115 Tax authorities who perceive taxpayers as robbers rather then as clients are likely to establish a command and control climate with taxpayers engaging in escaping the authorities by taking extensive (rational) decisions. Tax behaviour depends on audit probability and fines Tax authorities who perceive taxpayers as clients and governments committed to responsive regulation are likely to establish a climate of cooperation and trust. Voluntary compliance depends on the taxpayers social representations of taxation. 115

116 Simple and understandable legislation Transparent and clear procedures Fast efficient processes Low compliance costs Treatment of the taxpayer as a client Taxpayer service (assistance, information) Visible supervision and fraud detection Use of third party information (banks etc.) Enforcement communication 116

117 Rights and obligations of the taxpayers Clear guidance in dealing with the Tax Administration Ethical standards and rules of conduct Confidentiality of information Professional staff Feedback from stakeholders Performance measurement 117

118 Explanation and protection of rights Explanation why information is asked Disclosure of information only on legal basis Professional service Representation Payment of only the correct amount of Tax 118

119 Increasing acknowledgment that taxpayers have rights, as well as obligations. Examples of (basic) rights: - to be informed, heard, and assisted; - to pay no more than the correct amount of tax due; - to appeal decisions of the tax body; and - to have certainty, privacy, and confidentiality Examples of (advanced) rights - Services are comprehensive, easily accessible, low cost to taxpayer, & timely. 119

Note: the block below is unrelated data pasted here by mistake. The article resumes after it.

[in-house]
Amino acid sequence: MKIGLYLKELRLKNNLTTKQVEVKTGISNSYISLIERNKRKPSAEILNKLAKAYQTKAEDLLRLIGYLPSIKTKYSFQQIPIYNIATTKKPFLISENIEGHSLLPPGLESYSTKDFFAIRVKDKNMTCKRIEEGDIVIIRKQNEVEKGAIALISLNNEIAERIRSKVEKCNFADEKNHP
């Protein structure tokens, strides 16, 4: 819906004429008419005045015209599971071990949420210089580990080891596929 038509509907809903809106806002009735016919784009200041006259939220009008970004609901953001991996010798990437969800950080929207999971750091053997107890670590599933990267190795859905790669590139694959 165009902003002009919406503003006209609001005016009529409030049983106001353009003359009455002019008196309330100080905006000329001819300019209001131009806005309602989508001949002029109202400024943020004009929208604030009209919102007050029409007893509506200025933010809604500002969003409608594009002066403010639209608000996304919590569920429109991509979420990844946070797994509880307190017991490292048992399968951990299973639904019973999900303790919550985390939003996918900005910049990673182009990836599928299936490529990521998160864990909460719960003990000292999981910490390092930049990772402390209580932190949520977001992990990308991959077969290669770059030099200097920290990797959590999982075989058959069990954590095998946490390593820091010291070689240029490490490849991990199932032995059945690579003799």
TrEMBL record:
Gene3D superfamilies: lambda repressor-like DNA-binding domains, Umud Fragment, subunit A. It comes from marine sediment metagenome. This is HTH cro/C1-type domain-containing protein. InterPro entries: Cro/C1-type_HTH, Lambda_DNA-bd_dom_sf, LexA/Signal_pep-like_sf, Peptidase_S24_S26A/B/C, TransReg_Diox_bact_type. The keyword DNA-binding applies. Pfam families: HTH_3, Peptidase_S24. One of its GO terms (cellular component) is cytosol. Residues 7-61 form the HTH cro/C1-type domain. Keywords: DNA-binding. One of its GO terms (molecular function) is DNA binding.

120 Basic rights may be stated in countries legislation Many tax administrations set out taxpayers rights in formal charters/ statements that are made public. Charters reflect tax administrations vision for service delivery (e.g. services are comprehensive, accessible, fair, & timely). Many tax administrations set service performance standards with time-bound objectives that are made public 120

121 Eliminating possible issues that could prompt an audit Determining the appropriate documentation needed to address an audit Preparing defence to tax audit for and responding to tax authorities transfer pricing audits Identifying possible impacts from the proposed transfer pricing legislation amendments that could lead to an audit Review E&Y Global TP survey 2010/11

122 Eliminating possible issues that could prompt an audit Keep TP policies up-to-date Dont deviate from policies without amending Control Exchange of Information via tax authorities Beware of other country TP audits Revisit offshore center intermediary SubCos Where is the sensitive information kept?